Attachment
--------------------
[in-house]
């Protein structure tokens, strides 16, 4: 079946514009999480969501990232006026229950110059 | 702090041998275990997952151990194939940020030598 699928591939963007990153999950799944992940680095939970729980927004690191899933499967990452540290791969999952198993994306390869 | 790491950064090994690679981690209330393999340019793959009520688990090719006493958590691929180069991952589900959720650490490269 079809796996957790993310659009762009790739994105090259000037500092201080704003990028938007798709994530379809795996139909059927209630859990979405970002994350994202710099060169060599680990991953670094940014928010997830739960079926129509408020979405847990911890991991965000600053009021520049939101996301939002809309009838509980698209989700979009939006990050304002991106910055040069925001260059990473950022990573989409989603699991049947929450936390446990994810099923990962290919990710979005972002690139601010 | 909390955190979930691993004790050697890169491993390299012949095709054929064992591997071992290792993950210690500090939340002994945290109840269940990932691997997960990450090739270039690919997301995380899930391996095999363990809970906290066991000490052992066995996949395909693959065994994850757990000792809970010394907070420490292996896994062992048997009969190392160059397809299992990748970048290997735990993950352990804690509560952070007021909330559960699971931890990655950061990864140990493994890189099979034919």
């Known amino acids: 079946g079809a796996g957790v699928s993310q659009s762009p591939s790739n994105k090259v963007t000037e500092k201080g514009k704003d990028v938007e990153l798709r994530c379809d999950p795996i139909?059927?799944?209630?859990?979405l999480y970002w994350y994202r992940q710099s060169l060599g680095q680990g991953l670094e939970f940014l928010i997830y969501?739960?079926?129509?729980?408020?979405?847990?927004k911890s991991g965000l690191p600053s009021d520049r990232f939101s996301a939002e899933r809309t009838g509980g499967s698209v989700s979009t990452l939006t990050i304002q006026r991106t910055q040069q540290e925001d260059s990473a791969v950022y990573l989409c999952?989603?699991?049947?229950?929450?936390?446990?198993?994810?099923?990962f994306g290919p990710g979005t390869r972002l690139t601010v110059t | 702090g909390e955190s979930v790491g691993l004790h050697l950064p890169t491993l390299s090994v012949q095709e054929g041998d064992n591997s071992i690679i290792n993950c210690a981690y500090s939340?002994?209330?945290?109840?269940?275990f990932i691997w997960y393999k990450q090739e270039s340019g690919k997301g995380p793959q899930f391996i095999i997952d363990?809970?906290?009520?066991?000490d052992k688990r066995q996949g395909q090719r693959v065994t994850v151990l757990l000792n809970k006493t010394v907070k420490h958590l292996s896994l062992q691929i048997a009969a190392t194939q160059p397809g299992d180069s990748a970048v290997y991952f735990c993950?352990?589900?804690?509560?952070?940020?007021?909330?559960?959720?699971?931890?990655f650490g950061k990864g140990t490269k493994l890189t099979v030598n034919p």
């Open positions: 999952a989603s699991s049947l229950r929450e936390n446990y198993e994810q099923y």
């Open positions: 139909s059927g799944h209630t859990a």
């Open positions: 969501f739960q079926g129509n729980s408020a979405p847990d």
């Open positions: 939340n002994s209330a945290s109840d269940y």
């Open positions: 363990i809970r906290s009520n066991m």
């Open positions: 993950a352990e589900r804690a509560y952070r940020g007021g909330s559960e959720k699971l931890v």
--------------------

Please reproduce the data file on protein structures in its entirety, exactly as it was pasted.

[in-house]
């Protein structure tokens, strides 16, 4: 079946514009999480969501990232006026229950110059 | 702090041998275990997952151990194939940020030598 699928591939963007990153999950799944992940680095939970729980927004690191899933499967990452540290791969999952198993994306390869 | 790491950064090994690679981690209330393999340019793959009520688990090719006493958590691929180069991952589900959720650490490269 079809796996957790993310659009762009790739994105090259000037500092201080704003990028938007798709994530379809795996139909059927209630859990979405970002994350994202710099060169060599680990991953670094940014928010997830739960079926129509408020979405847990911890991991965000600053009021520049939101996301939002809309009838509980698209989700979009939006990050304002991106910055040069925001260059990473950022990573989409989603699991049947929450936390446990994810099923990962290919990710979005972002690139601010 | 909390955190979930691993004790050697890169491993390299012949095709054929064992591997071992290792993950210690500090939340002994945290109840269940990932691997997960990450090739270039690919997301995380899930391996095999363990809970906290066991000490052992066995996949395909693959065994994850757990000792809970010394907070420490292996896994062992048997009969190392160059397809299992990748970048290997735990993950352990804690509560952070007021909330559960699971931890990655950061990864140990493994890189099979034919």
């Known amino acids: 079946g079809a796996g957790v699928s993310q659009s762009p591939s790739n994105k090259v963007t000037e500092k201080g514009k704003d990028v938007e990153l798709r994530c379809d999950p795996i139909?059927?799944?209630?859990?979405l999480y970002w994350y994202r992940q710099s060169l060599g680095q680990g991953l670094e939970f940014l928010i997830y969501?739960?079926?129509?729980?408020?979405?847990?927004k911890s991991g965000l690191p600053s009021d520049r990232f939101s996301a939002e899933r809309t009838g509980g499967s698209v989700s979009t990452l939006t990050i304002q006026r991106t910055q040069q540290e925001d260059s990473a791969v950022y990573l989409c999952?989603?699991?049947?229950?929450?936390?446990?198993?994810?099923?990962f994306g290919p990710g979005t390869r972002l690139t601010v110059t | 702090g909390e955190s979930v790491g691993l004790h050697l950064p890169t491993l390299s090994v012949q095709e054929g041998d064992n591997s071992i690679i290792n993950c210690a981690y500090s939340?002994?209330?945290?109840?269940?275990f990932i691997w997960y393999k990450q090739e270039s340019g690919k997301g995380p793959q899930f391996i095999i997952d363990?809970?906290?009520?066991?000490d052992k688990r066995q996949g395909q090719r693959v065994t994850v151990l757990l000792n809970k006493t010394v907070k420490h958590l292996s896994l062992q691929i048997a009969a190392t194939q160059p397809g299992d180069s990748a970048v290997y991952f735990c993950?352990?589900?804690?509560?952070?940020?007021?909330?559960?959720?699971?931890?990655f650490g950061k990864g140990t490269k493994l890189t099979v030598n034919p």
């Open positions: 999952a989603s699991s049947l229950r929450e936390n446990y198993e994810q099923y």
């Open positions: 139909s059927g799944h209630t859990a």
């Open positions: 969501f739960q079926g129509n729980s408020a979405p847990d």
């Open positions: 939340n002994s209330a945290s109840d269940y």
């Open positions: 363990i809970r906290s009520n066991m």
């Open positions: 993950a352990e589900r804690a509560y952070r940020g007021g909330s559960e959720k699971l931890v």